HAPPY NATIONAL BADGER DAY!
Ahhhh, the random video that left a certain generation with the inability to say ‘badger’ without wanting to repeat it and then say ‘mushroom’ or ‘snaaaaaake’ afterwards. Seriously, even if it doesn’t come out of my mouth, my brain is saying it.
I was, amusingly, introduced to that video by my GCSE RE teacher, who excitedly showed it to us one lesson after she had discovered it at lunch time. And that was that, engraved into our brains forever and ever.
I did love badgers long before that though. I don’t remember a time where I didn’t have a fondness for the stripy muzzled snufflers of the night – from wise Mr. Badger in Wind In The Willows and gruff Tommy Brock in the Peter Rabbit stories, through to the fierce, battle-worn Badger Lords of Salamandastron in the Redwall books, there were influential badgers all through my childhood.
Defend the weak, protect both young and old, never desert your friends. Give justice to all, be fearless in battle and always ready to defend the right. – The Law Of The Badger LordsLord Brocktree, Redwall series, Brian Jaques
I can remember being desperate to see one *alive* for years, after only coming across them as stuffed decorations in posh houses (where I was usually walking along glaring at the floor because I was well into my teens before I could bear to look at the glassy eyed-stares of taxidermied animals) or as bloodied piles of fur at the roadside.
Then getting a shock when I did actually see one and I realised how large they are when they’re bustling along on the hunt for dinner.
One real-life badger that I think of with an odd sort of fondness, was a victim of the road I used to live on. My Mum and I called him Sparky (because I used to name *everything*) and we would say hello to him every morning and afternoon on the walk to/from school as we walked past him where he lay under the hedge. I assume he crawled there and lay down to die after his argument with a car.
Sparky was a brilliant lesson in natural decomposition and anatomy. And while I realise it is maybe a little weird, talking to a dead badger, it was fascinating to observe over time as nature slowly reclaimed Sparky. It was also pretty smelly at times, but that was all part of the lesson.
(We also once retrieved a dead Polecat from the road right outside our house and called him Sunshine. He got wrapped up in a Bag For Life and carried through Shrewsbury Town Centre to the Shropshire Wildlife Trust HQ for them to do a postmortem for a survey. Just to add another Core Memory including roadkill to this already a bit weird blog post.)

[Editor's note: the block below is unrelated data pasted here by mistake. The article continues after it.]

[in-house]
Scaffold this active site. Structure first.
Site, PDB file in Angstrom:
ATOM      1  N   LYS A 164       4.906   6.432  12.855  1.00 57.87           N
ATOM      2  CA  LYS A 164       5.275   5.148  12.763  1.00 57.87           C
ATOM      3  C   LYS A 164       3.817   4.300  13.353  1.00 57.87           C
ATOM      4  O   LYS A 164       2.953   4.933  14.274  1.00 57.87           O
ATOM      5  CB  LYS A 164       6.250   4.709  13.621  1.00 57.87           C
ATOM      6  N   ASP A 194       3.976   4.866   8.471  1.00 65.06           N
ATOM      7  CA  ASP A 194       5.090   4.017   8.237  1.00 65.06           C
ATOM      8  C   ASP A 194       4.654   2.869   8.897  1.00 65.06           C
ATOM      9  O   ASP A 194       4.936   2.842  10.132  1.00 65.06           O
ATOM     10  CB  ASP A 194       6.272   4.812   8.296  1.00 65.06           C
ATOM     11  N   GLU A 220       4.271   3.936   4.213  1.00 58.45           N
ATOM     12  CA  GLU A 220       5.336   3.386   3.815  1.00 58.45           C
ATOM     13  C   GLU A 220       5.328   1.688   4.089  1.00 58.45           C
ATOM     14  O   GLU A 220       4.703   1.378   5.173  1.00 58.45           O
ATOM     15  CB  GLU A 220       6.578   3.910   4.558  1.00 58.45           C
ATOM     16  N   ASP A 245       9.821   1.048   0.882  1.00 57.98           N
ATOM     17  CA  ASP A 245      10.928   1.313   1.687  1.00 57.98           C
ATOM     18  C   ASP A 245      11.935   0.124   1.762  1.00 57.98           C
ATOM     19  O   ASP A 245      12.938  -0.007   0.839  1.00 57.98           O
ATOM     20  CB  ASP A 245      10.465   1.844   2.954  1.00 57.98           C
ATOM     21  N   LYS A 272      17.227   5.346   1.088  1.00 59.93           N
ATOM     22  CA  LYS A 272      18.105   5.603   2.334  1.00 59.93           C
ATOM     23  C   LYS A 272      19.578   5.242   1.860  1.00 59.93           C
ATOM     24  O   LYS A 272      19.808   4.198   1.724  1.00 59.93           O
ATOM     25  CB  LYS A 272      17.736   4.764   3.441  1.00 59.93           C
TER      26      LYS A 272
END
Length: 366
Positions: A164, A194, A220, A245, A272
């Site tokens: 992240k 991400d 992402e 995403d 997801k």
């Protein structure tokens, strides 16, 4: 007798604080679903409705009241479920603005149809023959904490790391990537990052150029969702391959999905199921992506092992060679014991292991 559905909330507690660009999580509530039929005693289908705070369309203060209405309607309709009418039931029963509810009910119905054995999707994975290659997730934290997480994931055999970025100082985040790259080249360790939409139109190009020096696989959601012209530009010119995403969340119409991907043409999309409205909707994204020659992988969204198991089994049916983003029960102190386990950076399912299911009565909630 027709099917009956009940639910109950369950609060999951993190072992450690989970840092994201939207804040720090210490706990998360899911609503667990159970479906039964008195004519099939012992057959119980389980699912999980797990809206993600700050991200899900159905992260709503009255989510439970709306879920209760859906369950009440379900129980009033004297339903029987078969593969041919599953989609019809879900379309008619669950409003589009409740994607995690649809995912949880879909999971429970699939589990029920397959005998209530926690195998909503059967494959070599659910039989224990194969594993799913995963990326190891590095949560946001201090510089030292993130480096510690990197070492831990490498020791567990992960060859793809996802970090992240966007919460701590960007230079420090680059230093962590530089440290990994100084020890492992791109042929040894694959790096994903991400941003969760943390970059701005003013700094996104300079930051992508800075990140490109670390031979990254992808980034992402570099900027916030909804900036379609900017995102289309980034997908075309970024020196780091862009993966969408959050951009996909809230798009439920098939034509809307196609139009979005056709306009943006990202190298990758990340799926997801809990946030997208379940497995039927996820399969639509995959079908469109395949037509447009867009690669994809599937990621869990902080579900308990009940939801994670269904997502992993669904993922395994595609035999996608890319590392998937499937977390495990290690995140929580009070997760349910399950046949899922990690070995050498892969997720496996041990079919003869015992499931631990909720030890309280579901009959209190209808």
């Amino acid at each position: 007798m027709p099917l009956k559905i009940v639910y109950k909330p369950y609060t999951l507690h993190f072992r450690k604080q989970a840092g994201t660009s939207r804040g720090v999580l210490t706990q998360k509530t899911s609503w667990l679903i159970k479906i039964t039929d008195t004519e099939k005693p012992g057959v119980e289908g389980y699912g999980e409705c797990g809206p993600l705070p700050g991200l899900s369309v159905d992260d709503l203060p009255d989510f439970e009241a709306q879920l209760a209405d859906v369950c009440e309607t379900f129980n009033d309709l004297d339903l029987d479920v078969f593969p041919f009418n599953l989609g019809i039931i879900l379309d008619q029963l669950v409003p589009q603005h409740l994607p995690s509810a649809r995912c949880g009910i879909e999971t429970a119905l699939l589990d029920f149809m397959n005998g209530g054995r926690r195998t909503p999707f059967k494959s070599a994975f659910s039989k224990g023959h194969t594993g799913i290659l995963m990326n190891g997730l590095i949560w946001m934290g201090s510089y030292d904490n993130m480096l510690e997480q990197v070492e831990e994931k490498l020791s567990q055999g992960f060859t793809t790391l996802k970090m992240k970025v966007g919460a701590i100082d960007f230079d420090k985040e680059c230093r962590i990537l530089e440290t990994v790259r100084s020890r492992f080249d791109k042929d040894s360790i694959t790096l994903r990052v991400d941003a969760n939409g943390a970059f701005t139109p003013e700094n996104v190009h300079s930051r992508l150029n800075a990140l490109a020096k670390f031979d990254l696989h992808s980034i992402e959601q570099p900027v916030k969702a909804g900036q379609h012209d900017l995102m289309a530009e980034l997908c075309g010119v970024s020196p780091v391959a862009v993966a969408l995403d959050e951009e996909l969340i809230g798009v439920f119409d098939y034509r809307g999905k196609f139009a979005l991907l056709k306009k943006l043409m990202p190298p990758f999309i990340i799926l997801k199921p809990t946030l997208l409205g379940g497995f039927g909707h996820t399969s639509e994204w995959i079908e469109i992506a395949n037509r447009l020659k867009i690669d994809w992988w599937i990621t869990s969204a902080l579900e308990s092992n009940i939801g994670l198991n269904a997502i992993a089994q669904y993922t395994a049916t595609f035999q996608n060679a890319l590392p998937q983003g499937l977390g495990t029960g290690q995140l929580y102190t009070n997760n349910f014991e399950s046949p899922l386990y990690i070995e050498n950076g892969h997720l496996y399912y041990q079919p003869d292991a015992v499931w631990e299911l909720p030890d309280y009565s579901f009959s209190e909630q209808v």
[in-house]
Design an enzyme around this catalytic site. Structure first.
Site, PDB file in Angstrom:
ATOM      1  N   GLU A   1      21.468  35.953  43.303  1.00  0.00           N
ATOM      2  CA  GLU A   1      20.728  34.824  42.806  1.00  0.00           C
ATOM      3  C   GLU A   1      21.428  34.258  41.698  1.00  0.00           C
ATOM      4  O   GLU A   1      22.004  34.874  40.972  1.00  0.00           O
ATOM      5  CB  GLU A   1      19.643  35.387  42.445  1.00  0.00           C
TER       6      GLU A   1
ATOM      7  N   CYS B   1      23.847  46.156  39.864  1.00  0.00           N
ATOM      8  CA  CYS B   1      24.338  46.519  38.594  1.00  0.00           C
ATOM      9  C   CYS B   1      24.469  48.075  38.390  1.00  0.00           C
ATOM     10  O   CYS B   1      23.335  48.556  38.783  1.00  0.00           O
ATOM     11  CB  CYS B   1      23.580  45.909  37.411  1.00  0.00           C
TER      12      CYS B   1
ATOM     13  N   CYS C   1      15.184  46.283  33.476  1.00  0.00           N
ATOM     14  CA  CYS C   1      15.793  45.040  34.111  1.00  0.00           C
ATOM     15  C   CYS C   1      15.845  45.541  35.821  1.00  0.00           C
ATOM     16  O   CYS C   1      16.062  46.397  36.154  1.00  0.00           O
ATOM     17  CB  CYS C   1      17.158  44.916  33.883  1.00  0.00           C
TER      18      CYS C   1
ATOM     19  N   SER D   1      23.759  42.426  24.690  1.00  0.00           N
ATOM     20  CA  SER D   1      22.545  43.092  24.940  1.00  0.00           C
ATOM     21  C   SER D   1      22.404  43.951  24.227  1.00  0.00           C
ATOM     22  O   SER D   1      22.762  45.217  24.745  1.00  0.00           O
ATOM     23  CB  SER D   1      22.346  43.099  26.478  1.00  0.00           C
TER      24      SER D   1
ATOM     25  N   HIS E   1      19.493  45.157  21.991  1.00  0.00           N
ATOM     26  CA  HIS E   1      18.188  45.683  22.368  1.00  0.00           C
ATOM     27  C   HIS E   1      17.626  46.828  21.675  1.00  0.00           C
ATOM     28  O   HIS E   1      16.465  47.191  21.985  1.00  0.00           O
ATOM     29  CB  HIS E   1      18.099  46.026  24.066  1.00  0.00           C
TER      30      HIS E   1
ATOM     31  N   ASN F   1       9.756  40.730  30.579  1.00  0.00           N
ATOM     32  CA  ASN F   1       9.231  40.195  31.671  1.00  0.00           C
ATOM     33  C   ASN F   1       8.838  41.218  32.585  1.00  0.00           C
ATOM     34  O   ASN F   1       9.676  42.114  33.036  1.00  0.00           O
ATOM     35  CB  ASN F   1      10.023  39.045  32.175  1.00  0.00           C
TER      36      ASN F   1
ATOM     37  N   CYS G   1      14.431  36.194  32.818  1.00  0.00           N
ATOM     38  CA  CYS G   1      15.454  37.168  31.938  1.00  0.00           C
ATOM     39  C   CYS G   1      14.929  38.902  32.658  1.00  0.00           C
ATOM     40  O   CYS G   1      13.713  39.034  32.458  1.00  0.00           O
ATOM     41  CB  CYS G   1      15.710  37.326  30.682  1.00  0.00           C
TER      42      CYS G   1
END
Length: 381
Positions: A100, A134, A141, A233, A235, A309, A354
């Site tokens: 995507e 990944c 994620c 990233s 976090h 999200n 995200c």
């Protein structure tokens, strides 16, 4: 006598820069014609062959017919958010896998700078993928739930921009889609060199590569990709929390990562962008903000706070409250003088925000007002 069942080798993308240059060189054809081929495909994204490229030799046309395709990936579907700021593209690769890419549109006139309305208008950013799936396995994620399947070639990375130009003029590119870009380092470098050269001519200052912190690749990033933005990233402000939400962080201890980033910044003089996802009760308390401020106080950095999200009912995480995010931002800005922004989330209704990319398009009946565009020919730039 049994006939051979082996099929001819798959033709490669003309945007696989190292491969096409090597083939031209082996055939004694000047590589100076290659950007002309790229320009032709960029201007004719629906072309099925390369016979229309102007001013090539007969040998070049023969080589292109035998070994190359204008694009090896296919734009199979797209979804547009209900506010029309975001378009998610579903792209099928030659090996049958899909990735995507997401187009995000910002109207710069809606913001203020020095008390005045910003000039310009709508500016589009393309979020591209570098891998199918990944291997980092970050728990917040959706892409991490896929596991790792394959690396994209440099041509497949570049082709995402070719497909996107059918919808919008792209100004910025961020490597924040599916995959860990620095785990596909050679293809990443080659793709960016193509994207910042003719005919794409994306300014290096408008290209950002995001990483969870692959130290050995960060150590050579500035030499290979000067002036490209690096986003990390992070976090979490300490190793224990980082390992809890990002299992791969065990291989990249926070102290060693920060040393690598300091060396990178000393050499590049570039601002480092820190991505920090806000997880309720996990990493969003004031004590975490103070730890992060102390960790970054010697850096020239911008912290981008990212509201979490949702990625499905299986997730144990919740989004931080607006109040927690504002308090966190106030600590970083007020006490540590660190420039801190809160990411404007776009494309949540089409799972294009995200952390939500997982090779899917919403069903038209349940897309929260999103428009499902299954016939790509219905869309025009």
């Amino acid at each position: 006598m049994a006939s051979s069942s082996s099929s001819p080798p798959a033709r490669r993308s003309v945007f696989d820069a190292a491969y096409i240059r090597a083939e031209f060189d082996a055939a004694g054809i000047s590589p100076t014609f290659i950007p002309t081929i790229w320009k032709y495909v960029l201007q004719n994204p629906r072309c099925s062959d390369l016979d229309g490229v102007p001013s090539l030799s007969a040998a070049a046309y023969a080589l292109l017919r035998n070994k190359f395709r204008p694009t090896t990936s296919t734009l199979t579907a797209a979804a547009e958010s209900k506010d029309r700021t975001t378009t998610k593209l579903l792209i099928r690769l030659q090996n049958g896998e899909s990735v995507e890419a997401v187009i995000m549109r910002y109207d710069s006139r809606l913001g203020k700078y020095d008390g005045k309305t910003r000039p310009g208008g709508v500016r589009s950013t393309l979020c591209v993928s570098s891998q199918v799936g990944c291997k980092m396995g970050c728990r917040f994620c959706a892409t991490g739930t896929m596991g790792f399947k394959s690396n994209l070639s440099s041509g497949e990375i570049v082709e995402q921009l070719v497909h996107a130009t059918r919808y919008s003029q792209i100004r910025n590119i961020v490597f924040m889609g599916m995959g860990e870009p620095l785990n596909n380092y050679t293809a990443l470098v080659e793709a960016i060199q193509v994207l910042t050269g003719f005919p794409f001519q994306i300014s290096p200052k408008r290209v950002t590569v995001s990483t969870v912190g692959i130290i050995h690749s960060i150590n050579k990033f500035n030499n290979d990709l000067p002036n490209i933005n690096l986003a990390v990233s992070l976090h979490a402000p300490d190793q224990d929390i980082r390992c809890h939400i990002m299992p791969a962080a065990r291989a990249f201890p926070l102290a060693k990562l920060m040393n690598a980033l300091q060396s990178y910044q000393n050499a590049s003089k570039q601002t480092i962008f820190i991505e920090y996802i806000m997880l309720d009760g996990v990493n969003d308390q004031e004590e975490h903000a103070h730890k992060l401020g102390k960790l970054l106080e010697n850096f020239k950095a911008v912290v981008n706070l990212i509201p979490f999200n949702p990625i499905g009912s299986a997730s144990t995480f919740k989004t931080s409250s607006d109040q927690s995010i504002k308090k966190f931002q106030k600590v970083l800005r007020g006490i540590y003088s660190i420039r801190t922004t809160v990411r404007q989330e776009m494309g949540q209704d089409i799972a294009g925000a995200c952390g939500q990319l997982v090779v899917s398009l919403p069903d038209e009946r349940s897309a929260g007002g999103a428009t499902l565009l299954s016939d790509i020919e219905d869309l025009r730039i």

Badgers were also an entertaining part of our Spring Group Camp with our Scout Troop this year. We went to PGL near Shrewsbury, and whilst they have always had badgers on site, apparently over the Covid lockdowns the badgers took over and now the whole site is theirs, thanks. They have to have a badger monitor patrolling the site at night, moving bins onto picnic benches so the badgers don’t raid them and being on hand when the furry overlords get extra brave and start invading tents. (No really, our first night we were woken by squeals from the neighbouring camp group because a badger had broken into a tent and was having a midnight feast on some Doritos that had been left open by the kids! And on our last night a badger attempted to join a couple of our leaders in their tent as well.)
I saw more live badgers over that long weekend than I had seen previously in my entire life. You couldn’t go for a wee after dark without almost tripping over one ambling about on the hunt for stray Haribo and invertebrates. It was glorious.
On a more serious note, our badgers are in trouble. They are being culled somewhat mercilessly under the theory of ‘reducing the spread of bTB’ despite most research pointing to the fact that the culls haven’t affected the spread in any way, and despite there being an effective vaccine that can be administered to badgers humanely to prevent them carrying and spreading the disease without decimating the population and skewing the ecosystem.
Badgers have been wandering the British Isles since the Ice Age and it would be heartbreaking to lose them.
So maybe take two minutes today to sign this petition against the cull or support the work that the Born Free Foundation are doing to try to end this inhumane practice and save our stripy-faced friends. (They also have much more in-depth research and reports into the effects of the culls, if you want to learn more.)